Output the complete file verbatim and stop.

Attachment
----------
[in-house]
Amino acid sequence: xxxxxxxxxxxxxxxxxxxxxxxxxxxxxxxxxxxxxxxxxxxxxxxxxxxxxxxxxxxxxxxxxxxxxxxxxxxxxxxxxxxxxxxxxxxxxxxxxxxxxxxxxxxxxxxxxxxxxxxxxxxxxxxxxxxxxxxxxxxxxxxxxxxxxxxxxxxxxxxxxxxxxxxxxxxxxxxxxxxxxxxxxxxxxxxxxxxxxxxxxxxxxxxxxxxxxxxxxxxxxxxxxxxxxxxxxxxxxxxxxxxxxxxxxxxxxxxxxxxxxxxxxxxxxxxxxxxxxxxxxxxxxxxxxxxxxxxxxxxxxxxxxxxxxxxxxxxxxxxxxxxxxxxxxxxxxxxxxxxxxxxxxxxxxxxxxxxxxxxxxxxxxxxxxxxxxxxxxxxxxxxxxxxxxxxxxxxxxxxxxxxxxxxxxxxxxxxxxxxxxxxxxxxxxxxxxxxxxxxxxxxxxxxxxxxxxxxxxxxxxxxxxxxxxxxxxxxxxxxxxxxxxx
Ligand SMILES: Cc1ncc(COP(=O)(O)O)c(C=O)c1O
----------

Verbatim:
[in-house]
Amino acid sequence: xxxxxxxxxxxxxxxxxxxxxxxxxxxxxxxxxxxxxxxxxxxxxxxxxxxxxxxxxxxxxxxxxxxxxxxxxxxxxxxxxxxxxxxxxxxxxxxxxxxxxxxxxxxxxxxxxxxxxxxxxxxxxxxxxxxxxxxxxxxxxxxxxxxxxxxxxxxxxxxxxxxxxxxxxxxxxxxxxxxxxxxxxxxxxxxxxxxxxxxxxxxxxxxxxxxxxxxxxxxxxxxxxxxxxxxxxxxxxxxxxxxxxxxxxxxxxxxxxxxxxxxxxxxxxxxxxxxxxxxxxxxxxxxxxxxxxxxxxxxxxxxxxxxxxxxxxxxxxxxxxxxxxxxxxxxxxxxxxxxxxxxxxxxxxxxxxxxxxxxxxxxxxxxxxxxxxxxxxxxxxxxxxxxxxxxxxxxxxxxxxxxxxxxxxxxxxxxxxxxxxxxxxxxxxxxxxxxxxxxxxxxxxxxxxxxxxxxxxxxxxxxxxxxxxxxxxxxxxxxxxxxxxx
Ligand SMILES: Cc1ncc(COP(=O)(O)O)c(C=O)c1O